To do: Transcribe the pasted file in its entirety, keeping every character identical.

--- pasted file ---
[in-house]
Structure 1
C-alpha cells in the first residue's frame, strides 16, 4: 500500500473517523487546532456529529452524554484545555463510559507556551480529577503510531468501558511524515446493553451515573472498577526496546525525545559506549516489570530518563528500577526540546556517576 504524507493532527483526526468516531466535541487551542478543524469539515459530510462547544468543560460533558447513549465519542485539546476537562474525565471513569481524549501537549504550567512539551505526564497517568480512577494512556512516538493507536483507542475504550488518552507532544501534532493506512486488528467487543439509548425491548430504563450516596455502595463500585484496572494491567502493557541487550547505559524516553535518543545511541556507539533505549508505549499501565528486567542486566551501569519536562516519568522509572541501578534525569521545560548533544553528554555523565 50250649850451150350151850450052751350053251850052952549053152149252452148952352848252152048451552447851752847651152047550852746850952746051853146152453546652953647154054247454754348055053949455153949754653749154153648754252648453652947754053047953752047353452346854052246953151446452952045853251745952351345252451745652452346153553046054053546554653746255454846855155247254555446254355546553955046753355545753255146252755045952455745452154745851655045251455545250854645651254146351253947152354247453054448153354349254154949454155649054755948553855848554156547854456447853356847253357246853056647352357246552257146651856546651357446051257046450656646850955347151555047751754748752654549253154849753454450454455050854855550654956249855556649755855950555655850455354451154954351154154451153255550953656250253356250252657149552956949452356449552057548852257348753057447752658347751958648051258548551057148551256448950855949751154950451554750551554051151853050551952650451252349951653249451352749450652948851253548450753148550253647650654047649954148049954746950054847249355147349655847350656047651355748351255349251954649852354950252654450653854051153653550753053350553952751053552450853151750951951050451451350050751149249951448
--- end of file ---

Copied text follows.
[in-house]
Structure 1
C-alpha cells in the first residue's frame, strides 16, 4: 500500500473517523487546532456529529452524554484545555463510559507556551480529577503510531468501558511524515446493553451515573472498577526496546525525545559506549516489570530518563528500577526540546556517576 504524507493532527483526526468516531466535541487551542478543524469539515459530510462547544468543560460533558447513549465519542485539546476537562474525565471513569481524549501537549504550567512539551505526564497517568480512577494512556512516538493507536483507542475504550488518552507532544501534532493506512486488528467487543439509548425491548430504563450516596455502595463500585484496572494491567502493557541487550547505559524516553535518543545511541556507539533505549508505549499501565528486567542486566551501569519536562516519568522509572541501578534525569521545560548533544553528554555523565 50250649850451150350151850450052751350053251850052952549053152149252452148952352848252152048451552447851752847651152047550852746850952746051853146152453546652953647154054247454754348055053949455153949754653749154153648754252648453652947754053047953752047353452346854052246953151446452952045853251745952351345252451745652452346153553046054053546554653746255454846855155247254555446254355546553955046753355545753255146252755045952455745452154745851655045251455545250854645651254146351253947152354247453054448153354349254154949454155649054755948553855848554156547854456447853356847253357246853056647352357246552257146651856546651357446051257046450656646850955347151555047751754748752654549253154849753454450454455050854855550654956249855556649755855950555655850455354451154954351154154451153255550953656250253356250252657149552956949452356449552057548852257348753057447752658347751958648051258548551057148551256448950855949751154950451554750551554051151853050551952650451252349951653249451352749450652948851253548450753148550253647650654047649954148049954746950054847249355147349655847350656047651355748351255349251954649852354950252654450653854051153653550753053350553952751053552450853151750951951050451451350050751149249951448